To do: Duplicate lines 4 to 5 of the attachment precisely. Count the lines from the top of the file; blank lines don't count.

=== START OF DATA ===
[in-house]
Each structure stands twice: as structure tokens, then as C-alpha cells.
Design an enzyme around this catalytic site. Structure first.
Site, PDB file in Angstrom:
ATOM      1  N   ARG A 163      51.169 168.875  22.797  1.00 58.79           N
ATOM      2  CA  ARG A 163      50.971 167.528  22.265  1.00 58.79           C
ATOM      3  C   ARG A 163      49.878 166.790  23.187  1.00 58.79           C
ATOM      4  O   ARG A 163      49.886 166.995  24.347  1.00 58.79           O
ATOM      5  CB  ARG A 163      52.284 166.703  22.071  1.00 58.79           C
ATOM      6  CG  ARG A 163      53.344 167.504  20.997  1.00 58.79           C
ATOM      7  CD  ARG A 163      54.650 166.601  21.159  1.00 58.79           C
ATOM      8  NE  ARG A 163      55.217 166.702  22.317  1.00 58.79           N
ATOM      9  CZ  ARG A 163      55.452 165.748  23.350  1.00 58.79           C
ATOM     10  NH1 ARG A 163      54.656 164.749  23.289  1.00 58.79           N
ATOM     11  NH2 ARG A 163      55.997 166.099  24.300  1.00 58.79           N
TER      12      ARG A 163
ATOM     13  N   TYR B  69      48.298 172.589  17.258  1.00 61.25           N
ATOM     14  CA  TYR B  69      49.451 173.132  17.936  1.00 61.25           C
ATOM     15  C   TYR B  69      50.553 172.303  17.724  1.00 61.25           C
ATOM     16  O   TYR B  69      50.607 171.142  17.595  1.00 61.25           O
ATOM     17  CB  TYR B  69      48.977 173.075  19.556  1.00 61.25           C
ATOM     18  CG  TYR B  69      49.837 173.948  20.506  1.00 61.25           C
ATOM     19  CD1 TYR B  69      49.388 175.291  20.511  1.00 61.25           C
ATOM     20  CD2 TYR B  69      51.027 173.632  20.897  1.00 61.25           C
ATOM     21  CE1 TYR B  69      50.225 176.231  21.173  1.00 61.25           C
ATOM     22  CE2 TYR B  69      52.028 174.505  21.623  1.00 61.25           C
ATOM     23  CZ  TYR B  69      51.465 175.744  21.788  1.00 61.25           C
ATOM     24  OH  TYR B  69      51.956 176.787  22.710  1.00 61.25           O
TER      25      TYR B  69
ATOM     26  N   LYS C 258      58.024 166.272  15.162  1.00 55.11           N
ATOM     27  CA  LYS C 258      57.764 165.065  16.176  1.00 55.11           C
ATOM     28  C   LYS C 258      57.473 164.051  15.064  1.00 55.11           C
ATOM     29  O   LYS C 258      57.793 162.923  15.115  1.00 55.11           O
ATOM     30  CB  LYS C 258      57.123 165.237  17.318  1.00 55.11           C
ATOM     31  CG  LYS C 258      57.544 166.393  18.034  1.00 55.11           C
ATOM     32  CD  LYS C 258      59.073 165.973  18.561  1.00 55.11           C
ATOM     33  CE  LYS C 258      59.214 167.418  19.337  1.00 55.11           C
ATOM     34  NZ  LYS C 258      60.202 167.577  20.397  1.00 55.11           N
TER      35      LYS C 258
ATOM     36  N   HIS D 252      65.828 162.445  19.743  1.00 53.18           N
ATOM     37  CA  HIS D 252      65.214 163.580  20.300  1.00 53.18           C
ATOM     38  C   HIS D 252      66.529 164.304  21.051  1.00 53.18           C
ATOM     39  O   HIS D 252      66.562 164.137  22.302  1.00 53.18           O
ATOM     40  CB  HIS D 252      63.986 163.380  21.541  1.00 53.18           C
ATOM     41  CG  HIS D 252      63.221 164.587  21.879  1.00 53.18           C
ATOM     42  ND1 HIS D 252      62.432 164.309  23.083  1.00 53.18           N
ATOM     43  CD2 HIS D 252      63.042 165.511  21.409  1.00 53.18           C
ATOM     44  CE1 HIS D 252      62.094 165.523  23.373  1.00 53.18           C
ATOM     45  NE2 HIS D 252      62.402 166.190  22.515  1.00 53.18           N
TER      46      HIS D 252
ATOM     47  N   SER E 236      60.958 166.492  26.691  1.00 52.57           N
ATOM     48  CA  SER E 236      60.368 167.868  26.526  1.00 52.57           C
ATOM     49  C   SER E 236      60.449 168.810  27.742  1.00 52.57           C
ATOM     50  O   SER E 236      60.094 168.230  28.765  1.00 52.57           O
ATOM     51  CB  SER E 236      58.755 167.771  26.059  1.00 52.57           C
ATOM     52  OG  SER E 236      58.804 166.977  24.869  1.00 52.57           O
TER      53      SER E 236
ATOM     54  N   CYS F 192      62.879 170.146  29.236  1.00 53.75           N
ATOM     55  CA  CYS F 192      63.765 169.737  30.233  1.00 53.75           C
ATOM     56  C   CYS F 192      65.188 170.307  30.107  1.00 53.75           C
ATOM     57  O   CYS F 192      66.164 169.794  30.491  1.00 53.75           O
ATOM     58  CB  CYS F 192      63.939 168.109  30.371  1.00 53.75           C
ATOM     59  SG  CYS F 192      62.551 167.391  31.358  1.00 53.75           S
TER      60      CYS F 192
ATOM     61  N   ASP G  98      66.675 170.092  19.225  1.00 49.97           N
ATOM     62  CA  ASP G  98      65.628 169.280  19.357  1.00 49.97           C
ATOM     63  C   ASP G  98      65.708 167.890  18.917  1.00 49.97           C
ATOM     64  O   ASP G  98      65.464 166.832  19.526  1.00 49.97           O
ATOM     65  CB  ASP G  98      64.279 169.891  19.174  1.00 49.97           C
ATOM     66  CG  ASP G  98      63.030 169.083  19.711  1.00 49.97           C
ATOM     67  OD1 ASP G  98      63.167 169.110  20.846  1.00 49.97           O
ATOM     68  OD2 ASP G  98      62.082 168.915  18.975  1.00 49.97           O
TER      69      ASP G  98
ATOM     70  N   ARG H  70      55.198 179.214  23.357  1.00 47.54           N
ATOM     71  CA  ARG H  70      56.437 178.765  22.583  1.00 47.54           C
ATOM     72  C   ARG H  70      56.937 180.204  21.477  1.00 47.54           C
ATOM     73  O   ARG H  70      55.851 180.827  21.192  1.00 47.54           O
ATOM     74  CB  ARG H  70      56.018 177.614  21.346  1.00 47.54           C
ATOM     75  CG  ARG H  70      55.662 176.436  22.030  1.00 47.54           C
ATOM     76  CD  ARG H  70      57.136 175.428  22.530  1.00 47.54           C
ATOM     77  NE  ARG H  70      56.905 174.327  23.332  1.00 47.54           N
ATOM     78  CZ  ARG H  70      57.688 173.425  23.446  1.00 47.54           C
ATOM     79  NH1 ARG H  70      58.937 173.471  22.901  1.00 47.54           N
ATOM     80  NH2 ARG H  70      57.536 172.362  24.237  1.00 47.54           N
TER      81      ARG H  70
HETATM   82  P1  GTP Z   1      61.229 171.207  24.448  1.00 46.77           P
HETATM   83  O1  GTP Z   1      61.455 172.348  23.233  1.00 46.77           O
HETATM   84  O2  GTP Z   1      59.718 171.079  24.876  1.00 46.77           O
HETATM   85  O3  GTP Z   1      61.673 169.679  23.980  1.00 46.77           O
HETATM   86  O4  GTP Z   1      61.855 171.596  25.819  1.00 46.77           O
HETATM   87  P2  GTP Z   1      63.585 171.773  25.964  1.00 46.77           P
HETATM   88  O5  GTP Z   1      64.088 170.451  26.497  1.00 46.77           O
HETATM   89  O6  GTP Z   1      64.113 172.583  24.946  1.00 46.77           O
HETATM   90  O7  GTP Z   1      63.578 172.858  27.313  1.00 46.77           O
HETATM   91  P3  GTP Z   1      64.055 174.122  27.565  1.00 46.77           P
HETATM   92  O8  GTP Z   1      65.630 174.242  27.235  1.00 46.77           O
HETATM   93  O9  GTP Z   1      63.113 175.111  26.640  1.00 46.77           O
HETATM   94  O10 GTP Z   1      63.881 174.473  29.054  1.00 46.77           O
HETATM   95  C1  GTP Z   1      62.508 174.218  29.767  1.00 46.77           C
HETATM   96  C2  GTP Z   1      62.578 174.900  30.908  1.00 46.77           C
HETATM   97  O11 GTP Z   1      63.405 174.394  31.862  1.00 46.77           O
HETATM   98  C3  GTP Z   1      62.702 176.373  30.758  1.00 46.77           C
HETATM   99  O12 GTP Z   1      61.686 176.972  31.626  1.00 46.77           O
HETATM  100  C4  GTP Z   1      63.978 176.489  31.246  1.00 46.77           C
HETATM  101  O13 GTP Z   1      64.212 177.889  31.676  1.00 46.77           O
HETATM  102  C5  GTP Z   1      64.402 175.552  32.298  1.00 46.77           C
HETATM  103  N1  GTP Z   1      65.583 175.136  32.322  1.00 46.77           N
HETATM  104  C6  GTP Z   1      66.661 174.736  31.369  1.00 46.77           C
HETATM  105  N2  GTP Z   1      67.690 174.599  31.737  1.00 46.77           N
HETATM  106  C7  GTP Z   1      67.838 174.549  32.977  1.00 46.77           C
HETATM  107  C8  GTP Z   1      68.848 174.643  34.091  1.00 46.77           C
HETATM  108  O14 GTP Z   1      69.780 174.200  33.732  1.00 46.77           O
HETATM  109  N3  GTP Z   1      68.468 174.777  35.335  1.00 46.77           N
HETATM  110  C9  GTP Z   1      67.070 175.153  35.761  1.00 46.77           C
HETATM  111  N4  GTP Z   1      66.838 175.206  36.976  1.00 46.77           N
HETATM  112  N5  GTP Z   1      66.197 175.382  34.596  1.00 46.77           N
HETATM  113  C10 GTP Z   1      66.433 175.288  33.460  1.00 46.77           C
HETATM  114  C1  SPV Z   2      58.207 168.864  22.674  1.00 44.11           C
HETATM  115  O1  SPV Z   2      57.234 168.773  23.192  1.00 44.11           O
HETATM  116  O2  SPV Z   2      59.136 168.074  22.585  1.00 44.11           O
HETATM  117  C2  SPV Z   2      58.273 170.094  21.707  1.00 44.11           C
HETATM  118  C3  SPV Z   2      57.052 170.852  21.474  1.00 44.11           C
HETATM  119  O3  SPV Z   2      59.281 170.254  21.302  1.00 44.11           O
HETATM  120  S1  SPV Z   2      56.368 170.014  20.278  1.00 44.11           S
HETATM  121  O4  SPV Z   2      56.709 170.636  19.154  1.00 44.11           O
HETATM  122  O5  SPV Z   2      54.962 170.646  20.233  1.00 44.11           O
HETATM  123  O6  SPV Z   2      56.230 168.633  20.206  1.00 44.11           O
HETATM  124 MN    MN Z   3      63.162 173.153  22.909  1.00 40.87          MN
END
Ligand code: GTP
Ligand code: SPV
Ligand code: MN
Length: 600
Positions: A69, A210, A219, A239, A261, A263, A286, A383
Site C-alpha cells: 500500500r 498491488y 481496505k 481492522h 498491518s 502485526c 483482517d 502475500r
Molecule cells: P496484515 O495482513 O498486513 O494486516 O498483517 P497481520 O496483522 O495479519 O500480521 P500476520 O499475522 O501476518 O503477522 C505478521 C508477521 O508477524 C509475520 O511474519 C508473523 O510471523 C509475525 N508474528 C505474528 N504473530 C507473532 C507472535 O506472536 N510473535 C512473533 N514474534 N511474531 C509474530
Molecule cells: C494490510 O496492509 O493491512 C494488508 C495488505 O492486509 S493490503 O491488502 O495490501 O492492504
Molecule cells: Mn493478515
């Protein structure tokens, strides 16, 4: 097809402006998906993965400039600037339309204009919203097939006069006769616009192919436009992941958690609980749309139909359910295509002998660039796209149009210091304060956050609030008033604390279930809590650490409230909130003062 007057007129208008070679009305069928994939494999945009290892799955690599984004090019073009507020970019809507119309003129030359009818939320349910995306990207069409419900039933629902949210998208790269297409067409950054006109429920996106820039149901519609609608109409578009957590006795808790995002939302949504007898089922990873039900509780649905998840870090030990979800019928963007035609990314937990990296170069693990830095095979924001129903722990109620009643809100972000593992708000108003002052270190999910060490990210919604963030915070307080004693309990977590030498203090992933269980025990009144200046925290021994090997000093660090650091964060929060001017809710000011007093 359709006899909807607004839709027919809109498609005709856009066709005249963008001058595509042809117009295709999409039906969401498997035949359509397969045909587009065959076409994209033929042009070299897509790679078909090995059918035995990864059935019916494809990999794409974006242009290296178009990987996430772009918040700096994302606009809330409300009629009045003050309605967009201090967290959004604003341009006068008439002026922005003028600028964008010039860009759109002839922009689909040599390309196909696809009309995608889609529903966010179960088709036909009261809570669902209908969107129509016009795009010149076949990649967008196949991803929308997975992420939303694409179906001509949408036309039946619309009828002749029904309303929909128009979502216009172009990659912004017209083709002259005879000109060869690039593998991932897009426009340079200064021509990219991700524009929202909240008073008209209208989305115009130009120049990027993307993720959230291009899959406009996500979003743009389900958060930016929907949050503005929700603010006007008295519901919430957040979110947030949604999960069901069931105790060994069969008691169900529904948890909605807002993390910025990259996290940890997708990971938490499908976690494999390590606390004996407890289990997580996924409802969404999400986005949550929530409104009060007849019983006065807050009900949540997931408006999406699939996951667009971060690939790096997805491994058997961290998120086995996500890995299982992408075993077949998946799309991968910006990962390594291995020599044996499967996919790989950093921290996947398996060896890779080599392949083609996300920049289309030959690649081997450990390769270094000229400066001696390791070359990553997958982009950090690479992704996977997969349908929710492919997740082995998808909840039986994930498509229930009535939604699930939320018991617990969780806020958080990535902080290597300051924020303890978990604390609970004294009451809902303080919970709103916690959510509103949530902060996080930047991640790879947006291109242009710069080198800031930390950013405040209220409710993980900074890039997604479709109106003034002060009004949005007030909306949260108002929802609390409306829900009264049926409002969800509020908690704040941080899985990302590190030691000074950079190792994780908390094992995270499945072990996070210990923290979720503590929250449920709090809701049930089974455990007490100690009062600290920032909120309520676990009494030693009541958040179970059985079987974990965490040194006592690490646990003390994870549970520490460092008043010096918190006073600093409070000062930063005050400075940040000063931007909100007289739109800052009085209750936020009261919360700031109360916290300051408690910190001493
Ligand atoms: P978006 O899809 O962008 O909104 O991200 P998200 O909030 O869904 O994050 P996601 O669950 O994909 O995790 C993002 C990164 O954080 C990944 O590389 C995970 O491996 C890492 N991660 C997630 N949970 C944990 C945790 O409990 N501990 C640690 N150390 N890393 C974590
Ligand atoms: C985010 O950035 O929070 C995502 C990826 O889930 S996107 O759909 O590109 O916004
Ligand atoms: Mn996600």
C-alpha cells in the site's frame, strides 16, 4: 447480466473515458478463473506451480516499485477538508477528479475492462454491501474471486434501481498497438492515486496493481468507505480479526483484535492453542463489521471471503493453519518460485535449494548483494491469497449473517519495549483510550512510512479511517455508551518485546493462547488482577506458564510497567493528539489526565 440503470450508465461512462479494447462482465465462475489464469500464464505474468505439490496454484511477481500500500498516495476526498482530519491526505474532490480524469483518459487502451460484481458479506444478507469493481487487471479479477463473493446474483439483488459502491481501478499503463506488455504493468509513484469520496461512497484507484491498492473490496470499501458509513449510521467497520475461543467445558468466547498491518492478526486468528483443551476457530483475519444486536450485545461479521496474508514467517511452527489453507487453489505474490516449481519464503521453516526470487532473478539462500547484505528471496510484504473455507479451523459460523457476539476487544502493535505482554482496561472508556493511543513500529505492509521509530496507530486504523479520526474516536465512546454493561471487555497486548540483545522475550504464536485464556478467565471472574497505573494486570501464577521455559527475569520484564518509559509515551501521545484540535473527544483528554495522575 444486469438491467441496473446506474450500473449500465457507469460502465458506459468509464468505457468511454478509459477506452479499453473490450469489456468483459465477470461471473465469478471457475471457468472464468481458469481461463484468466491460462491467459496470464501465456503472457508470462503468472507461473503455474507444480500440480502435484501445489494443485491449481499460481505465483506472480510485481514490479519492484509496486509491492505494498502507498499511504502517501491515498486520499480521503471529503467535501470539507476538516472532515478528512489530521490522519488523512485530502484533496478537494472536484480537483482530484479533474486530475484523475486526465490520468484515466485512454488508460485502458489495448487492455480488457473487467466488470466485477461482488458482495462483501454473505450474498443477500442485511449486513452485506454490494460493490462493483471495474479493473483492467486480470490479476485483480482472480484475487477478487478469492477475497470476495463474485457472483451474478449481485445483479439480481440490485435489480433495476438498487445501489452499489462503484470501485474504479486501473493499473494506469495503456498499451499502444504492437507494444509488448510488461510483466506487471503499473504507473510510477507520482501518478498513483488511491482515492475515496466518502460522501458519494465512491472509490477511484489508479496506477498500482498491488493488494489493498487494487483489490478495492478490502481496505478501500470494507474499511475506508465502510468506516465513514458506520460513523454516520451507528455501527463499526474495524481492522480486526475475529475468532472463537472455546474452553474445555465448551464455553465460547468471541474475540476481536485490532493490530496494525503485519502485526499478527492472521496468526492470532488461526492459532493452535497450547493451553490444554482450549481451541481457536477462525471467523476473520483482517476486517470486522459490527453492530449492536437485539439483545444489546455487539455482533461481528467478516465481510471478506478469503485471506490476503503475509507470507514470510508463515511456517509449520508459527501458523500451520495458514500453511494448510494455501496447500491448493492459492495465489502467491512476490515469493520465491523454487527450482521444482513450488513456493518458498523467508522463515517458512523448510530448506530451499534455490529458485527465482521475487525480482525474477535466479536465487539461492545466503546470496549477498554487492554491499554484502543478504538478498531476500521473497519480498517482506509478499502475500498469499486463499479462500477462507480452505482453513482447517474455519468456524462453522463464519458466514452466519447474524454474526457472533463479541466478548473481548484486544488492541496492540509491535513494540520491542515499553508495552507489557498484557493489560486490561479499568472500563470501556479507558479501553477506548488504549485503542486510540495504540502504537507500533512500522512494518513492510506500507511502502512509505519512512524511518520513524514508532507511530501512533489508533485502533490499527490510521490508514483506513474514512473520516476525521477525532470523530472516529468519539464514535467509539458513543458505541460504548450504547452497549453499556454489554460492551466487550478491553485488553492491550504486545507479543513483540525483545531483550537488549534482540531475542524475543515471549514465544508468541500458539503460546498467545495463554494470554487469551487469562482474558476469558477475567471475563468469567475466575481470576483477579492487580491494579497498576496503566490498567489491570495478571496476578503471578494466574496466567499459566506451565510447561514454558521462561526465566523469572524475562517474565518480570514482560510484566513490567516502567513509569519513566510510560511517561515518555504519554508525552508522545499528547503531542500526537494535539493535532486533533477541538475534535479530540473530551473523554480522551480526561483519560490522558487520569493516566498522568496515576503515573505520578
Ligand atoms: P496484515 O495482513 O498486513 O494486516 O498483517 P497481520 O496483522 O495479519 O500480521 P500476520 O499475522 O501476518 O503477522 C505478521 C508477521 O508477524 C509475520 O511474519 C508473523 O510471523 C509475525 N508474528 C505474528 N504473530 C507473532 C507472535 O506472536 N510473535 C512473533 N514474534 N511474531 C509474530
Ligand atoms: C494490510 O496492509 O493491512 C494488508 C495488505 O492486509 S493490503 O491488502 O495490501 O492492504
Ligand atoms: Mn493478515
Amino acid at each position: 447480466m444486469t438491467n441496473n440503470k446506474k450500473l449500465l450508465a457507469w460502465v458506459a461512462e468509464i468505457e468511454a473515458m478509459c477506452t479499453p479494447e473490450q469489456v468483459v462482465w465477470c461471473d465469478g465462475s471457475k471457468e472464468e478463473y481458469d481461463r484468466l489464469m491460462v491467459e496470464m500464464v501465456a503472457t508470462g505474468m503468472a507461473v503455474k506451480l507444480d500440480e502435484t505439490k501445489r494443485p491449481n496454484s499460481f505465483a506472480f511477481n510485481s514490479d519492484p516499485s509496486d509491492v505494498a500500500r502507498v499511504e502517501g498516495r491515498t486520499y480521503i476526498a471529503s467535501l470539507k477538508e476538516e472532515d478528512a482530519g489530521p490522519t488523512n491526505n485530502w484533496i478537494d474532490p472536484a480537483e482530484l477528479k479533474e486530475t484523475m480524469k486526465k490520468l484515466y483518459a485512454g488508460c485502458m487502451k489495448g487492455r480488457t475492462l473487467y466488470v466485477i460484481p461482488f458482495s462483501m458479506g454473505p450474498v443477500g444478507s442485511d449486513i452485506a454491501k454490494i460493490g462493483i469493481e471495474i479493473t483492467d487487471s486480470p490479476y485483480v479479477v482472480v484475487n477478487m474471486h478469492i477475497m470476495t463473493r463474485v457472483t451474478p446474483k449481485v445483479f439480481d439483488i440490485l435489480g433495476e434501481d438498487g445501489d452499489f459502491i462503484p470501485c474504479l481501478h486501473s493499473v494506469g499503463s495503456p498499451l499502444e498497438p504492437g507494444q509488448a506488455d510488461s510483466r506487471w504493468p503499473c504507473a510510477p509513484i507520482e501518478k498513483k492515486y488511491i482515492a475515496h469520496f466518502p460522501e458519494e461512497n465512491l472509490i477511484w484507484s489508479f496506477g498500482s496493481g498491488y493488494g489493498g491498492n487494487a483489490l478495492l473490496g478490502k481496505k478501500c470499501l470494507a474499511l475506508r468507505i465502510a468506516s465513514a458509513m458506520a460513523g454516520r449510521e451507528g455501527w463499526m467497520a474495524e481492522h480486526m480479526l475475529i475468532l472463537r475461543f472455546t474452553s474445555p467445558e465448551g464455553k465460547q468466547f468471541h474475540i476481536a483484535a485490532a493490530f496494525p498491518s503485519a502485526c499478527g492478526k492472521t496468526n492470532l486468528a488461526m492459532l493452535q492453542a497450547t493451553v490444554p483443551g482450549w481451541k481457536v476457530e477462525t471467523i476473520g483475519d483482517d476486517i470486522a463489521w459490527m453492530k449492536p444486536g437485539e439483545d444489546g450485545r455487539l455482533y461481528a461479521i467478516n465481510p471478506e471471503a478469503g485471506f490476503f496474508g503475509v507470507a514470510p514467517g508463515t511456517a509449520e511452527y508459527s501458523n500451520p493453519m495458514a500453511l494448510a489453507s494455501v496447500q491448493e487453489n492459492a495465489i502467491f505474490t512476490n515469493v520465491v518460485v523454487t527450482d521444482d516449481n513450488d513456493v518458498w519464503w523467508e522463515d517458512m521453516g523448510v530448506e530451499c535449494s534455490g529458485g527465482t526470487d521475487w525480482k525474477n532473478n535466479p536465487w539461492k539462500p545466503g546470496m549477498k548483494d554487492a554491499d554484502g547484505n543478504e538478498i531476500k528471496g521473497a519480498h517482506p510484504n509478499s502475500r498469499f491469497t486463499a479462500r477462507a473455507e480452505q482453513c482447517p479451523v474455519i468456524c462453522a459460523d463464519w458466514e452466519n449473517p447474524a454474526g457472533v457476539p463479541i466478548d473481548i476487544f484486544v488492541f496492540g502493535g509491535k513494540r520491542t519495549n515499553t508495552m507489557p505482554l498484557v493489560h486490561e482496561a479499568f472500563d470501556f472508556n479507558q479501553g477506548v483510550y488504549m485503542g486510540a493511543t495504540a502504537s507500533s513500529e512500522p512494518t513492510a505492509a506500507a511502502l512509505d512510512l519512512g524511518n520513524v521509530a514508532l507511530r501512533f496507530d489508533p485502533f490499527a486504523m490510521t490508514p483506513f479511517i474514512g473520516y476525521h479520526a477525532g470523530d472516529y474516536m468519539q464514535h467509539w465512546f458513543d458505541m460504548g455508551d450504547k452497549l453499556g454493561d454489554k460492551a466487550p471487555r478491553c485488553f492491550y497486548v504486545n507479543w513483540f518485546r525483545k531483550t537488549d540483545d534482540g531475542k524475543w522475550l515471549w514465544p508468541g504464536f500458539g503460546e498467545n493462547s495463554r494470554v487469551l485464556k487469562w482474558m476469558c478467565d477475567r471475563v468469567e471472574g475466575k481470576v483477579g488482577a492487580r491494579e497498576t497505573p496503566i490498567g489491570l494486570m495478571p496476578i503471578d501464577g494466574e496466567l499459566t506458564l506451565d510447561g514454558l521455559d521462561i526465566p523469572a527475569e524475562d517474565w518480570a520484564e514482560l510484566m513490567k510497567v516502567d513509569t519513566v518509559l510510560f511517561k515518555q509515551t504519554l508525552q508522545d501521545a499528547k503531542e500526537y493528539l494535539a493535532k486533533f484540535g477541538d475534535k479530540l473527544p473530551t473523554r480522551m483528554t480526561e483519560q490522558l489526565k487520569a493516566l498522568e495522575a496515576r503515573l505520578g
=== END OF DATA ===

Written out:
Site, PDB file in Angstrom:
ATOM      1  N   ARG A 163      51.169 168.875  22.797  1.00 58.79           N